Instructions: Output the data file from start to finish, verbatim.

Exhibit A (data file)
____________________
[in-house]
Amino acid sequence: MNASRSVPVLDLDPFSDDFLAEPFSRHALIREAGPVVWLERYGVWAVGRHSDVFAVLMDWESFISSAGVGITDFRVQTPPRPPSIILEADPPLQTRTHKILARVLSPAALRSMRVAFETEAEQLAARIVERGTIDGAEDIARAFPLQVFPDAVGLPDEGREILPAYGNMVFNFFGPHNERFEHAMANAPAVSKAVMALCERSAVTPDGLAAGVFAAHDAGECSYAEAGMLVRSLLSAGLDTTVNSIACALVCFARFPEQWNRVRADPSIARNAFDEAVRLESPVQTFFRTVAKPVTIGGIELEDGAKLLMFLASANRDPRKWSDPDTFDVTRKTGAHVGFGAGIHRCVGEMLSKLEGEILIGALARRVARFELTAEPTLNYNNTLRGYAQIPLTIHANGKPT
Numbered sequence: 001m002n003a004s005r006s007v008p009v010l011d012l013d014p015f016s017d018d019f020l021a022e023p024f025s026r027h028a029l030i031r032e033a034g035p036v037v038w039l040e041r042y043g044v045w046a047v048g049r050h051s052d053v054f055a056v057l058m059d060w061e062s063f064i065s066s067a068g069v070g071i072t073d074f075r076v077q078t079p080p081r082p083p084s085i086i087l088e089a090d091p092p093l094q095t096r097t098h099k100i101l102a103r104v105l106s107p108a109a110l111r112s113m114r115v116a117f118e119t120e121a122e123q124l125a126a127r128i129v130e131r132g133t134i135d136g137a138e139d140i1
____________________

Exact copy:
[in-house]
Amino acid sequence: MNASRSVPVLDLDPFSDDFLAEPFSRHALIREAGPVVWLERYGVWAVGRHSDVFAVLMDWESFISSAGVGITDFRVQTPPRPPSIILEADPPLQTRTHKILARVLSPAALRSMRVAFETEAEQLAARIVERGTIDGAEDIARAFPLQVFPDAVGLPDEGREILPAYGNMVFNFFGPHNERFEHAMANAPAVSKAVMALCERSAVTPDGLAAGVFAAHDAGECSYAEAGMLVRSLLSAGLDTTVNSIACALVCFARFPEQWNRVRADPSIARNAFDEAVRLESPVQTFFRTVAKPVTIGGIELEDGAKLLMFLASANRDPRKWSDPDTFDVTRKTGAHVGFGAGIHRCVGEMLSKLEGEILIGALARRVARFELTAEPTLNYNNTLRGYAQIPLTIHANGKPT
Numbered sequence: 001m002n003a004s005r006s007v008p009v010l011d012l013d014p015f016s017d018d019f020l021a022e023p024f025s026r027h028a029l030i031r032e033a034g035p036v037v038w039l040e041r042y043g044v045w046a047v048g049r050h051s052d053v054f055a056v057l058m059d060w061e062s063f064i065s066s067a068g069v070g071i072t073d074f075r076v077q078t079p080p081r082p083p084s085i086i087l088e089a090d091p092p093l094q095t096r097t098h099k100i101l102a103r104v105l106s107p108a109a110l111r112s113m114r115v116a117f118e119t120e121a122e123q124l125a126a127r128i129v130e131r132g133t134i135d136g137a138e139d140i1